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C. Dianne Martin facts for kids

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Carol Dianne Briggs Martin
Nationality American
Education Western Maryland College
University of Maryland, College Park
Spouse(s) David H. Martin
Awards Ada Lovelace Award
Scientific career
Institutions University of North Carolina
George Washington University

Carol Dianne Briggs Martin is an American computer scientist, former Vice Provost for Faculty Affairs at George Washington University and first Senior Faculty Fellow of the North Carolina (NC) Study Center. She currently teaches at the University of North Carolina (UNC) Department of Computer Science and the School of Information and Library Sciences.


Martin attended the Wachusett Regional High School in Holden, Massachusetts, where as a sophomore in 1959 she became one of the first students to attend the Berg Science Seminars. She then moved to Maryland, where she graduated from the Oxon Hill High School in 1961. She earned a bachelor's degree in economics and mathematics education in 1965 from Western Maryland College (now McDaniel College). In the 1960s, she was a programmer for IBM that worked on the Apollo space project. She worked on the Apollo 11 mission which was the first mission to put a man on the moon and was part of Mission Control for Apollo 8.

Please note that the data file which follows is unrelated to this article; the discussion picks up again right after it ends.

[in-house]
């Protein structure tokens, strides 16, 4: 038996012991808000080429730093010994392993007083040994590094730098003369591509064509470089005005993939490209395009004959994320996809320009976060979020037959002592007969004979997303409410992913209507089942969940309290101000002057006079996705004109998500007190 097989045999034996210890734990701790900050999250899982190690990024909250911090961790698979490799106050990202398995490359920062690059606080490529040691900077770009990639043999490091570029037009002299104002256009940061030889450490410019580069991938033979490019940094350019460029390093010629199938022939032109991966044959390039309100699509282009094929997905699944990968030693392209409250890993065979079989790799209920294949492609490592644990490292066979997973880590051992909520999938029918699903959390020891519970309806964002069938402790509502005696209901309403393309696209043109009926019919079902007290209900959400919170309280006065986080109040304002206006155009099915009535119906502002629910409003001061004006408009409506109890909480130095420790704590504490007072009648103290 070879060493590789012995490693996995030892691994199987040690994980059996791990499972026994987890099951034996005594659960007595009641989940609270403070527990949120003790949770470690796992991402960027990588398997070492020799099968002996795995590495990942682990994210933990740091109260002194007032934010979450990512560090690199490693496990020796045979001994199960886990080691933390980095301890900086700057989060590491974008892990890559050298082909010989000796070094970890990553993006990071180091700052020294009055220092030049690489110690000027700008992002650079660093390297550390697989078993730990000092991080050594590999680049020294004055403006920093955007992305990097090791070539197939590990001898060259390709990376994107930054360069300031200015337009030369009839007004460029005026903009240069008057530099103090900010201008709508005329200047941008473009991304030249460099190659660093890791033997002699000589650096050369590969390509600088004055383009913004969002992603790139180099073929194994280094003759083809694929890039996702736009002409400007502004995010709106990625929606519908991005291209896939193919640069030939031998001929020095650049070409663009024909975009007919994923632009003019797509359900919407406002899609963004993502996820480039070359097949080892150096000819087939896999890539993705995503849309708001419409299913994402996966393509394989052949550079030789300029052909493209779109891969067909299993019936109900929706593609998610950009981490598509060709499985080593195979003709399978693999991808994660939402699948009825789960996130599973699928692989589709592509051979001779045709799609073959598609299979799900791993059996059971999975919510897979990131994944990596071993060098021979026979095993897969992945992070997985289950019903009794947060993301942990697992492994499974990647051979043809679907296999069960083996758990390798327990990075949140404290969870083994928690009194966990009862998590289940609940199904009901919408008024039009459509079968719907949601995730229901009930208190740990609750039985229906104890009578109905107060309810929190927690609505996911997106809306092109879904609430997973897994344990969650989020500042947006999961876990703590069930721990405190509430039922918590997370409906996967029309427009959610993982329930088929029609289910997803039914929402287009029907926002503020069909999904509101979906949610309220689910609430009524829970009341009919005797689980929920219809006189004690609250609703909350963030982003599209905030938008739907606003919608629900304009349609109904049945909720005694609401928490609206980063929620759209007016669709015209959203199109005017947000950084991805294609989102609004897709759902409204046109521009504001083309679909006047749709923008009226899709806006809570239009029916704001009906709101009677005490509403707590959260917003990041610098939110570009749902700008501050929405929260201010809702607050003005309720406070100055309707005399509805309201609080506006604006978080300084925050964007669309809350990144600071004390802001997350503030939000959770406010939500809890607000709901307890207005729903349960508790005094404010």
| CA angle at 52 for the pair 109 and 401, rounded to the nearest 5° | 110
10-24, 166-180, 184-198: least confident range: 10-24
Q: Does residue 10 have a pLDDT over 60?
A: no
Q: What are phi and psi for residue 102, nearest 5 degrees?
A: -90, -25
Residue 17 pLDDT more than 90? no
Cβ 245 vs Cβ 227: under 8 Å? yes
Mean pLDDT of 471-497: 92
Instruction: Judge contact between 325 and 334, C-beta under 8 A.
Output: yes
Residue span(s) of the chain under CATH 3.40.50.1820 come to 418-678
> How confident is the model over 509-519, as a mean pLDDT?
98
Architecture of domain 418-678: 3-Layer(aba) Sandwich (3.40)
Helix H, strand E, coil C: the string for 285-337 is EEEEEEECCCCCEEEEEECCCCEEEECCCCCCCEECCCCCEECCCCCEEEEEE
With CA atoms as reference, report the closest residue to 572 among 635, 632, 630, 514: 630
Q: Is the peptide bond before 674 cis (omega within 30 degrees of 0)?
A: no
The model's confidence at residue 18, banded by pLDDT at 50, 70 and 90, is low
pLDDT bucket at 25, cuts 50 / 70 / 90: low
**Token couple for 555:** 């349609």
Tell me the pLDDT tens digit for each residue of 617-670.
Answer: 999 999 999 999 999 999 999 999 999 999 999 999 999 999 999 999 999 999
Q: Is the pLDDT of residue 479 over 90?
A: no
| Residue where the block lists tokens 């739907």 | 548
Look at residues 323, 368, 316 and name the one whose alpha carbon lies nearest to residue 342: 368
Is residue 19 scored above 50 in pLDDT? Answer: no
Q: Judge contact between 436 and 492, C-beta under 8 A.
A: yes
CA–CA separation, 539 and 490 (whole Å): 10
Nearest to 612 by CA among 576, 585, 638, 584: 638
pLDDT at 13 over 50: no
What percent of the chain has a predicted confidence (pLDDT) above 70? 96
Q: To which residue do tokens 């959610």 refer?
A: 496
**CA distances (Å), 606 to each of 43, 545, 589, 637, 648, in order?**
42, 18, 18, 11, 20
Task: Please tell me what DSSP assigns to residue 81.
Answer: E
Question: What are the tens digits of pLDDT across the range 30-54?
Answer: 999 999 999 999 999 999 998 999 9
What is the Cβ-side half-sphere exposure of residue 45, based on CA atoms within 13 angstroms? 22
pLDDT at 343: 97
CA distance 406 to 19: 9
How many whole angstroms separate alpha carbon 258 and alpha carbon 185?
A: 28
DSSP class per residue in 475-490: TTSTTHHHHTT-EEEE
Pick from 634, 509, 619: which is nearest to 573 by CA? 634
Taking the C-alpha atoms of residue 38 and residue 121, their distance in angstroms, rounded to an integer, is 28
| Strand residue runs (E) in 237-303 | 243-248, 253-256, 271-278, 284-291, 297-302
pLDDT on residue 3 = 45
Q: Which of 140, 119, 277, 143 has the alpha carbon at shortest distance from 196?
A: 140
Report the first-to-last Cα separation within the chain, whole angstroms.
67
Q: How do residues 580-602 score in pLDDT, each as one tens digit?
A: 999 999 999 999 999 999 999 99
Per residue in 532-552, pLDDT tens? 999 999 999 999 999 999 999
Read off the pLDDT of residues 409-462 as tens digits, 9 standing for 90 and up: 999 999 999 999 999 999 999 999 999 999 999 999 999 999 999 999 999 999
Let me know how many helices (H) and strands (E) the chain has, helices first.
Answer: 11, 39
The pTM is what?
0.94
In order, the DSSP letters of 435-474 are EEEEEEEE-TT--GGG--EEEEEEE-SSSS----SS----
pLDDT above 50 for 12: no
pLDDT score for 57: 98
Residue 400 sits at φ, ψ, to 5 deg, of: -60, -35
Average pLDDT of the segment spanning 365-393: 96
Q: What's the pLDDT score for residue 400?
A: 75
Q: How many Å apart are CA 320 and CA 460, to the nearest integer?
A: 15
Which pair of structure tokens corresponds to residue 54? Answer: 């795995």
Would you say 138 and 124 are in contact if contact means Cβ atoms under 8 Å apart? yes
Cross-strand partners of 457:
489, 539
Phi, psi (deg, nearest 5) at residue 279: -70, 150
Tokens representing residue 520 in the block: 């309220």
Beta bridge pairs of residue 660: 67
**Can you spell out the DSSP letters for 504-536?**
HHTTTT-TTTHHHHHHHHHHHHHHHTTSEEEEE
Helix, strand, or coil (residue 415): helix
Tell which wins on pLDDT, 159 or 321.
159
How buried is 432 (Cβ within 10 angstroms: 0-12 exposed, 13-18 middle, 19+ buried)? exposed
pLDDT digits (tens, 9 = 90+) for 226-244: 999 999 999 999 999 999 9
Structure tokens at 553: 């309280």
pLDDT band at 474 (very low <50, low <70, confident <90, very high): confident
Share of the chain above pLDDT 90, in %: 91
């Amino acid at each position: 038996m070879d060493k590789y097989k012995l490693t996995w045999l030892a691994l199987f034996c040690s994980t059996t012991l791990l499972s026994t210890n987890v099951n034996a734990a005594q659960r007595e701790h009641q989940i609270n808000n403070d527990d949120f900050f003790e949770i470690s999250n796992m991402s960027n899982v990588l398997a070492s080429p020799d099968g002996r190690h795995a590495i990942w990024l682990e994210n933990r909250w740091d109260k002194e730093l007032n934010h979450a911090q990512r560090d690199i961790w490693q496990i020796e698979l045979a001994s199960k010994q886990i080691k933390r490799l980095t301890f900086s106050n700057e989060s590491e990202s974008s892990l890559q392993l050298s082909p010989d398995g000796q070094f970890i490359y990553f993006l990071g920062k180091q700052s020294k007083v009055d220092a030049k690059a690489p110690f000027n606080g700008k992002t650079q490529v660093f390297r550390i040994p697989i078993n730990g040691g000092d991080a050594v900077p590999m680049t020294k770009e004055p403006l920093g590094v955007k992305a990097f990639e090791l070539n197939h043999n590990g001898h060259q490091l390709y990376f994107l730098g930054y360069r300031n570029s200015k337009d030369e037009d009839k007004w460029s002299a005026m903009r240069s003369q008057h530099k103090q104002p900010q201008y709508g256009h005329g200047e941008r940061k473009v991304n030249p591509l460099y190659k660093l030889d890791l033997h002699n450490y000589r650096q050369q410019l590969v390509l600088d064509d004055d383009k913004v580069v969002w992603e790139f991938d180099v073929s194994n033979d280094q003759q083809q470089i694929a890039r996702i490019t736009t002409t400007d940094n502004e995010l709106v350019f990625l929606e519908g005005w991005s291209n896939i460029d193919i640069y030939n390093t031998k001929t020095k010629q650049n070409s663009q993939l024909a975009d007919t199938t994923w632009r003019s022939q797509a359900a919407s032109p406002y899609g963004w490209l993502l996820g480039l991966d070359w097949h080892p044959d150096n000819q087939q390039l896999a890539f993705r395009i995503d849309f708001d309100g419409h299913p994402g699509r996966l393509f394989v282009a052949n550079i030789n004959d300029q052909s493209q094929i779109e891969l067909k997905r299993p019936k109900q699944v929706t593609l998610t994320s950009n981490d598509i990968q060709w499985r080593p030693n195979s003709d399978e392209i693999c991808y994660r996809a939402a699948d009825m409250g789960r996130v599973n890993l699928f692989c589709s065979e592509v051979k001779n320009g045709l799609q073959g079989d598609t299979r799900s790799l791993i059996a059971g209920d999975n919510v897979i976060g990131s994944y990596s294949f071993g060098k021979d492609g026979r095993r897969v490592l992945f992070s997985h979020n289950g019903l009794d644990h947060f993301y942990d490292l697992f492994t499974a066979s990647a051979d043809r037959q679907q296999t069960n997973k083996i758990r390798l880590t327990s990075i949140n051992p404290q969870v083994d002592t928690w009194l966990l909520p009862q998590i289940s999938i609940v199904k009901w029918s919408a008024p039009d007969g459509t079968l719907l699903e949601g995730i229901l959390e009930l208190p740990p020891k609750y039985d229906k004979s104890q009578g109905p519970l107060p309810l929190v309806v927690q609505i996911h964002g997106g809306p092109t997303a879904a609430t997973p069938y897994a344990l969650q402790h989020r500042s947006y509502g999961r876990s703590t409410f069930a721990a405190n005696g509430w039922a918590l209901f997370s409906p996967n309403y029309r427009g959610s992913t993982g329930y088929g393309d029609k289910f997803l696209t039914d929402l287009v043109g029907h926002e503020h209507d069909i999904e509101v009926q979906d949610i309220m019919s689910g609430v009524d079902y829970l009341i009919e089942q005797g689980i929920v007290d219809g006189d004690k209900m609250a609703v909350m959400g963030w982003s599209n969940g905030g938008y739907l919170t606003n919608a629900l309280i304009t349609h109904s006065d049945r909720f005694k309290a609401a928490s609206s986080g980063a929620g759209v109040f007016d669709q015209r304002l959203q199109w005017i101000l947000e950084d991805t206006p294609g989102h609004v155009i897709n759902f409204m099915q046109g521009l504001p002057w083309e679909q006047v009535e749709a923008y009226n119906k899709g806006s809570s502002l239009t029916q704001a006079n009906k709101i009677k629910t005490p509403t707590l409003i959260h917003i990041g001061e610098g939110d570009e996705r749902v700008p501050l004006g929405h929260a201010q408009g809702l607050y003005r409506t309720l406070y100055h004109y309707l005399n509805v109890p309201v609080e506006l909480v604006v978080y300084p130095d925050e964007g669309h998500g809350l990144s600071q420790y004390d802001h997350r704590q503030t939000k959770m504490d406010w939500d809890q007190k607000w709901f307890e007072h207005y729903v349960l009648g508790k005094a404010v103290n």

Martin returned to school for a master's degree in computer science in 1972 from the University of Maryland, College Park. She joined the George Washington University faculty in 1983 as a computer science instructor, earned an Ed.D. in teacher education in 1987 from GWU, and was promoted to full professor in 1998. She was a program director at the National Science Foundation from 1998 to 2000, chief policy officer at GeoTrust from 2000 to 2001, and chair of the GWU computer science department from 2002 to 2005. From 2005 to 2007 she took a leave of absence from GWU as Dean of the College of Information Systems at Zayed University in Dubai.

Martin has been a member of the McDaniel College board of trustees, and presented the keynote address at McDaniel's 1994 homecoming.

Her husband, David H. Martin (1939–2014) directed the United States Office of Government Ethics from 1983 to 1987.


  • In 1999 she became a Fellow of the Association for Computing Machinery "for extraordinary leadership and innovation in computer science education and for service to ACM and the profession."
  • In 2005, she was given the Ada Lovelace Award for her accomplishments and contributions on behalf of women in computing.
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